TS-CRC Student project - An investigation of tree incursion into native grassland at Moorrinya National Park, North Queensland

James Cook University

Brigid McCallum


Woody weed encroachment and grassland decline is a contentious issue within rangeland management. The debate over the relationship between the two is further complicated by the lack of knowledge of pre-European vegetation. Moorrinya National Park provided an ideal location to investigate anecdotal evidence of woody weed encroachment and to document the nature of native grassland change at a small scale. The analysis of both anecdotal and historical evidence at this site will help contribute to an understanding of short and long term vegetation change.

During the course of the project, a time-series of black and white aerial photography was interpreted and ground-truthed in the field. Grassland boundaries for the years 1951, 1969 and 1980 were mapped and digitised using spatial analysis techniques. This was to allow for the determination of the rate of grassland change, the patterns of grassland expansion and contraction, and the distribution of woody plant species since 1951. Future directions of research will focus on causal factors such as fire and grazing.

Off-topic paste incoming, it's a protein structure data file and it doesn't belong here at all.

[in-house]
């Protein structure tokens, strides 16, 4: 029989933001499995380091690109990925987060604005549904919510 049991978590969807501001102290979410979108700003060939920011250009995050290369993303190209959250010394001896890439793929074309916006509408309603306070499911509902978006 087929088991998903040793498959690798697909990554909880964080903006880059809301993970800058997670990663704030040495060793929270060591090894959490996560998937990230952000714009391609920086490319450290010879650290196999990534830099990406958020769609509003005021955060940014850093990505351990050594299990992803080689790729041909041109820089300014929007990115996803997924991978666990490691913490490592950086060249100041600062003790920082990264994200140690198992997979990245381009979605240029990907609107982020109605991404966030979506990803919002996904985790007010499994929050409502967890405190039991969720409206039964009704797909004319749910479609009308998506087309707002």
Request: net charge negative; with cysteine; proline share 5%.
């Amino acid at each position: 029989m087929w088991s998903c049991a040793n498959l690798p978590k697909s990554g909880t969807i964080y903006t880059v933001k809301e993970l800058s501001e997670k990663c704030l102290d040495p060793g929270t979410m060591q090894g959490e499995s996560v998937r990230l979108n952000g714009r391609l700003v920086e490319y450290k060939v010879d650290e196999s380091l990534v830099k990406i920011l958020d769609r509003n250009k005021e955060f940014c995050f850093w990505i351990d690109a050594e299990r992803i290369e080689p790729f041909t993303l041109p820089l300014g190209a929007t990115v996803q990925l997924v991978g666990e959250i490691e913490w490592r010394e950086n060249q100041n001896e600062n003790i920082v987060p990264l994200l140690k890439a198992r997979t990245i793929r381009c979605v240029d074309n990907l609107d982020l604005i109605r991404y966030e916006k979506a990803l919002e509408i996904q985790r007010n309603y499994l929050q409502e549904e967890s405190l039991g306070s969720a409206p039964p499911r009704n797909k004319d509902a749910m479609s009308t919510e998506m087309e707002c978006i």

At present very limited mapping material exists for Moorrinya National Park and so the small scale of the black and white aerial photos has been a challenge. Staff of the Department of Environment and CSIRO have been invaluable in providing assistance in this area.


Dr Jon Luly, JCU
Dr Ross Hynes, CRC/JCU


Ms Brigid Nelson
Manager (Future Beef)
Department Primary Industries & Fisheries
Tel: 07 4761 5158

Fax: 07 4787 4998

PO Box 976